Why Are Flags Half-Staff Today, February 3? See the State Proclamations

Half-Staff Flags

Getty Why are flags half-staff today?

Why are flags half-staff today on Monday, February 3? Although there are no national half-staff proclamations from President Donald Trump, a number of states have proclamations in place from sunrise to sunset today. These are honoring people who have served their state or country and are no longer with us. Here’s a look at the people being honored today by lowered flags across the country.

States Are Lowering Their Flags in Honor of Those No Longer with Us

In Texas, U.S. and state flags are flying half-staff February 2 through the day of interment for Officer Alan McCollum. The Corpus Christi police officer was killed in the line of duty during a traffic stop. Flags will be lowered in Corpus Christi, but other cities and counties can also do the same in honor of McCollum.

McCollum was a seven-year police veteran who had also served in the Army, the Caller Times reported. He was hit by a car during a traffic stop. McCollum leaves behind three children and a wife. A GoFundMe for his family is here.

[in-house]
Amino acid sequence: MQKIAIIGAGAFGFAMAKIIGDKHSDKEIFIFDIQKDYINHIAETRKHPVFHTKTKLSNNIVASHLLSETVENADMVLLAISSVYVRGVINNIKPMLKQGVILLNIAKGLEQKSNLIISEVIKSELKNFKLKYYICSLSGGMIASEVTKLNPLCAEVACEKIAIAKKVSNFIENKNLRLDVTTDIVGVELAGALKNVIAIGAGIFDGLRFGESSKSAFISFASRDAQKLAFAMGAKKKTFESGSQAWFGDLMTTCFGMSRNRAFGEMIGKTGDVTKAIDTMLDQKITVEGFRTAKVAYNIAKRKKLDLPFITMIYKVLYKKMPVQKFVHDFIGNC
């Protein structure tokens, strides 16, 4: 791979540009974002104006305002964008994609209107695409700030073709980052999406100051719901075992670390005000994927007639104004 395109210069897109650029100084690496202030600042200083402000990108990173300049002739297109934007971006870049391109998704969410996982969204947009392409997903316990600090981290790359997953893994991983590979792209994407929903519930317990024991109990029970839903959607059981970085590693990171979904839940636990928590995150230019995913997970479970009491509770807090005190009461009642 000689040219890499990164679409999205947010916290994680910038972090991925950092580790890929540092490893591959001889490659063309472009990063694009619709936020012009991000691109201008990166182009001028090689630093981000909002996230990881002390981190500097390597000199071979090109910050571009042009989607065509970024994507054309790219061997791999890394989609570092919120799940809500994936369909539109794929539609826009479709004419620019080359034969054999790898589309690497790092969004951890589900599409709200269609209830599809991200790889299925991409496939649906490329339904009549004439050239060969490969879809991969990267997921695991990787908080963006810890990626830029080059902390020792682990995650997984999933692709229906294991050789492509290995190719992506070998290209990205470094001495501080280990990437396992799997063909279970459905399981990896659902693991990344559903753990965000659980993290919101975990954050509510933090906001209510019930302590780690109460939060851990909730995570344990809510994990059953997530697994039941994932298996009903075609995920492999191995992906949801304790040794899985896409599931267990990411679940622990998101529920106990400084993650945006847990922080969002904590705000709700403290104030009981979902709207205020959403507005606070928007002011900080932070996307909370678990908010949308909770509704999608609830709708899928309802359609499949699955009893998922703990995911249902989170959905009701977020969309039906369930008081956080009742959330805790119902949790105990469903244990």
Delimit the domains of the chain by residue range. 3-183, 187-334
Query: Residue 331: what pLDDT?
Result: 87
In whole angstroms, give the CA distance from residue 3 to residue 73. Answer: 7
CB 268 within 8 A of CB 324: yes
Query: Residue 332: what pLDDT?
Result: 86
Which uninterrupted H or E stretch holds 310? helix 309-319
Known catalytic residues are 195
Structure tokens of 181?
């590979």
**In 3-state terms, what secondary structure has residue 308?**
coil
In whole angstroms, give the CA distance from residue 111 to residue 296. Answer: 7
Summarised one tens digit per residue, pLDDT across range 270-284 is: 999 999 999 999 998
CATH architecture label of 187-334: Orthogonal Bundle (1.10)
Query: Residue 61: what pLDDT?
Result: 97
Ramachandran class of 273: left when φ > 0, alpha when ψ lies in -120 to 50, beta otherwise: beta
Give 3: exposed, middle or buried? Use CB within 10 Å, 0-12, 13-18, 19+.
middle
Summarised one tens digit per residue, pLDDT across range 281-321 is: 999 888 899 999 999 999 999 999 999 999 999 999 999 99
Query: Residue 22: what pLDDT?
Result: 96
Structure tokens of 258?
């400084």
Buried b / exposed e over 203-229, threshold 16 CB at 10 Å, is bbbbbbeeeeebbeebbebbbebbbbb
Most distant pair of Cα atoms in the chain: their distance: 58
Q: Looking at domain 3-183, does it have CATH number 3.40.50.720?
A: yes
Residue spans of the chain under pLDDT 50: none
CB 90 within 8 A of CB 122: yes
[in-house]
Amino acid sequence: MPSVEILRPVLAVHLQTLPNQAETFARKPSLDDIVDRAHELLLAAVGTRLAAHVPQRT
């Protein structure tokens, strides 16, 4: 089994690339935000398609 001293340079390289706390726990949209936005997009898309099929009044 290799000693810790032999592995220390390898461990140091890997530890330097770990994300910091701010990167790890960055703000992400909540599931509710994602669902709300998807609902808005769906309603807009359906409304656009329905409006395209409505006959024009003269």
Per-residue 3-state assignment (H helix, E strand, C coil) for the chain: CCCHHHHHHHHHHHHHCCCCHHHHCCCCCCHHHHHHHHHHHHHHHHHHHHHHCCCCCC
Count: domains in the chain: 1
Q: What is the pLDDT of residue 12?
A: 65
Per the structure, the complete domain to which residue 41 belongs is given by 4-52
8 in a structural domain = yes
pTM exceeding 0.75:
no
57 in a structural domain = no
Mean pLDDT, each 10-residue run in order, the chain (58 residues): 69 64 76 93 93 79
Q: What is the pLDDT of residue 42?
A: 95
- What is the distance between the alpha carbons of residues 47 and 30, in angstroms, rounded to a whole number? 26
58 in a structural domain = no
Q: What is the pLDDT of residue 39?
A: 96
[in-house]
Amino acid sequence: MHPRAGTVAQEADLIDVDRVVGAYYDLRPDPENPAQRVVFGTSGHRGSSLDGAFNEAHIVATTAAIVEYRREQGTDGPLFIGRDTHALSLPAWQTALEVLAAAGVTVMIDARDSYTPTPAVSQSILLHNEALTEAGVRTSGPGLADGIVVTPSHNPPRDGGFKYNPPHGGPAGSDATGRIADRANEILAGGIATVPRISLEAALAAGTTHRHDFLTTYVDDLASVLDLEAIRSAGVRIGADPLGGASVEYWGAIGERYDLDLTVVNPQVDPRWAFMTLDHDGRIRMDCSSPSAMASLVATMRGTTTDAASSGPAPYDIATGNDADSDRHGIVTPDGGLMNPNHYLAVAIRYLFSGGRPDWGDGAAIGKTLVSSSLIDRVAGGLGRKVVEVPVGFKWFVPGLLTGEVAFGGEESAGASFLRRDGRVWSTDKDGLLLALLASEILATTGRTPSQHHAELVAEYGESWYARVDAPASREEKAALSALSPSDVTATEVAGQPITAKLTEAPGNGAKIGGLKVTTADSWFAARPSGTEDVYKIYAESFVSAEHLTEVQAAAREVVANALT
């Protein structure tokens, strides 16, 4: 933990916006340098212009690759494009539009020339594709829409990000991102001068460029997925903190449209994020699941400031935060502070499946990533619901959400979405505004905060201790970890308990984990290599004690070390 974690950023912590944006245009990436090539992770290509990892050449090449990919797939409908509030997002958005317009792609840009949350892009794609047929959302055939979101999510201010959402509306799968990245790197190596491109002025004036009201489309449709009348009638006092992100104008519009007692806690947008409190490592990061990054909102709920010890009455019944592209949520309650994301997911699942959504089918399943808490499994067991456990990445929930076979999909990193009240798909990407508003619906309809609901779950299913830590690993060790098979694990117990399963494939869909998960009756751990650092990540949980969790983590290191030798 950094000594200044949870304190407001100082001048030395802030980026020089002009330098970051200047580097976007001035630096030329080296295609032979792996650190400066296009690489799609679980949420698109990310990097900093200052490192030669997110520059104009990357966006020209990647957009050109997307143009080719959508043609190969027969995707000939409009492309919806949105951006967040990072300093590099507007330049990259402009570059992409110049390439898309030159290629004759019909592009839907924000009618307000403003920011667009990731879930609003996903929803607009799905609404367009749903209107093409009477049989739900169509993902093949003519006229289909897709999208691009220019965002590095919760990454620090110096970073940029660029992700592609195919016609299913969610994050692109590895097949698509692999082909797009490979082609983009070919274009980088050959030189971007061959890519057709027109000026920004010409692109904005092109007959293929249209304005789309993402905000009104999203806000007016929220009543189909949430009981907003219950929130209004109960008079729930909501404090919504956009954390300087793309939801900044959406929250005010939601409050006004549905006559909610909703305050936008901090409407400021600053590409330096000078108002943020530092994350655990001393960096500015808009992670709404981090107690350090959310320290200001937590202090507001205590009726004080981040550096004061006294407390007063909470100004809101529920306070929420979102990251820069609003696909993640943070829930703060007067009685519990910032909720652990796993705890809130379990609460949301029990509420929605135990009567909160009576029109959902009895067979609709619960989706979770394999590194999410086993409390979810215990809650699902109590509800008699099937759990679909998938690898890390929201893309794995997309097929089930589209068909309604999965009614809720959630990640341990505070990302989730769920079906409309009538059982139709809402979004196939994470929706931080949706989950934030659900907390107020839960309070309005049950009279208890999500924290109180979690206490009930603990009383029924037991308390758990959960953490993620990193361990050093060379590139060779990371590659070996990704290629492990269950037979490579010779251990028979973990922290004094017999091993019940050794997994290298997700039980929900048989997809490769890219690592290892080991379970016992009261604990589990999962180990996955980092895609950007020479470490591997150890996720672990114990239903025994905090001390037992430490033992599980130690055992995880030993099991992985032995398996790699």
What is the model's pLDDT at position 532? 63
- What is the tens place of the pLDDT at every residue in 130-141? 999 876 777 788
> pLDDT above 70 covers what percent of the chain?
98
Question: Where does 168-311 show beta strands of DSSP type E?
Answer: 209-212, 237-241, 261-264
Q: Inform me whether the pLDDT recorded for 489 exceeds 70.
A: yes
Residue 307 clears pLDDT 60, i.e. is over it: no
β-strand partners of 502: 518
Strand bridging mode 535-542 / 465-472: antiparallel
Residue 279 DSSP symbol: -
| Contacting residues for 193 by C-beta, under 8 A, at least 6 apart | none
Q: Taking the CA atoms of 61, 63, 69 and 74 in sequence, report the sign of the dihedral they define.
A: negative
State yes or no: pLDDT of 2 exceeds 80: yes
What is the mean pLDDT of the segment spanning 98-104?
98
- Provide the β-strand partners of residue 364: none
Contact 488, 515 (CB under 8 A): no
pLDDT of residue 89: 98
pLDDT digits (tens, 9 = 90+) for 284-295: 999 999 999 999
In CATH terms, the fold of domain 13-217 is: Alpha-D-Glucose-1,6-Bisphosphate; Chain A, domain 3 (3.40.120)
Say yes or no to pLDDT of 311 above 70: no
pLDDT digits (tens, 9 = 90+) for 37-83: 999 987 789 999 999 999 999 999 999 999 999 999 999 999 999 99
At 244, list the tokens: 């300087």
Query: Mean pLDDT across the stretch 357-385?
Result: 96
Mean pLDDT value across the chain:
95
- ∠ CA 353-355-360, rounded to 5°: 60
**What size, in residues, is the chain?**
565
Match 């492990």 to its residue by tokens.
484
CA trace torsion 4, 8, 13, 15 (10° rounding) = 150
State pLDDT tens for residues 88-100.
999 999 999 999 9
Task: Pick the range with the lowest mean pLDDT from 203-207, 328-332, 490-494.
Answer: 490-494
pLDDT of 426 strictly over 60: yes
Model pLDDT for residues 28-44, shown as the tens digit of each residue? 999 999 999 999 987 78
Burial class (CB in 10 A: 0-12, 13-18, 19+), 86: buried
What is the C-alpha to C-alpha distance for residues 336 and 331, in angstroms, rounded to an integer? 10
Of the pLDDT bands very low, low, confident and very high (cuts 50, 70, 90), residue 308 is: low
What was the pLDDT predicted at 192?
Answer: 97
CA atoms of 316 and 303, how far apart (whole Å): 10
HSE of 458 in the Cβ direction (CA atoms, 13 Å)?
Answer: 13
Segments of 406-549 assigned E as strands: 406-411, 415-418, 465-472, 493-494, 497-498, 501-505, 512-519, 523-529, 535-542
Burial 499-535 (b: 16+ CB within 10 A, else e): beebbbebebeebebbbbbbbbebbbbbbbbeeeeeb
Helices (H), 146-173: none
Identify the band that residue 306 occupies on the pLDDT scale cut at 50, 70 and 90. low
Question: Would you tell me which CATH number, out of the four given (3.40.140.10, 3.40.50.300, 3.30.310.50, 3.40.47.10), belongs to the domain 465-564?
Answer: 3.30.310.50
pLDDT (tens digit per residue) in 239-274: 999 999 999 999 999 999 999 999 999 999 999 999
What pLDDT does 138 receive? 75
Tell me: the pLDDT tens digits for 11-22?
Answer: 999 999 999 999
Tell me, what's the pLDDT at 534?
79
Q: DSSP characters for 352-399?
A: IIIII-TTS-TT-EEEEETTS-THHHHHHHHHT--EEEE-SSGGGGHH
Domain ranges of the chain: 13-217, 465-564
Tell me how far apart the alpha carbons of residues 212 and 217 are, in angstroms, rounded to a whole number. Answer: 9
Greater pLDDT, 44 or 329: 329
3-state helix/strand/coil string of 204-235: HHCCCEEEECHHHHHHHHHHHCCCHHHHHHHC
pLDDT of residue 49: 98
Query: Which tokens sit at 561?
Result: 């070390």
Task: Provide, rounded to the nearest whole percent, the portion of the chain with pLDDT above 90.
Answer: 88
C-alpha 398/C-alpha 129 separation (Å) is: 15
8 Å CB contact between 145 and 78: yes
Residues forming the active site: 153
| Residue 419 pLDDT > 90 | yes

In Virginia, U.S. and Commonwealth flags are being flown at half-staff in memory of Newport News police officer Katherine M. “Kattie” Thyne. Thyne died during a traffic stop when a vehicle she had stopped fled the scene, WTVR reported. She leaves behind a daughter who is only two.  Donations to support her daughter can be made to the Officer Thyne Memorial Fund here. Thyne was only 24 and a former Navy officer who had just joined the department in November 2018.

In North Carolina, state and U.S. flags are lowered to half-staff in honor of Spc. Antonio I. Moore. Moore, 22, died in an accident in Syria. He was assigned to the 363rd Engineer Battalion and died during a rollover accident, Stripes.com reported. He was conducting route-clearing operations. Flags will be half-staff through February 4. Moore is survived by his mom, stepfather, and four siblings. This was his first deployment since he enlisted in May 2017.

Flag Half-Staff Traditions

It’s customary to only display the American flag from sunrise to sunset, unless the flag is well illuminated overnight. In those cases, the flag might be displayed 24 hours a day. A number of holidays call for the U.S. flags to be lowered to half-staff every year. In addition, the President of the United States may order a proclamation for the flags to fly half-staff when someone of prominence dies or when there is a national tragedy. State governors may also call for national flags to be flown at half-staff in their state when a present or former government official passes away.

If you’re wondering about the term half-mast vs. half-staff, in the United States half-mast refers to flags being lowered on a ship, while half-staff refers to a pole on a building. However, outside the United States, the more commonly used term is actually half-mast. The terms tend to be used interchangeably in common vernacular.

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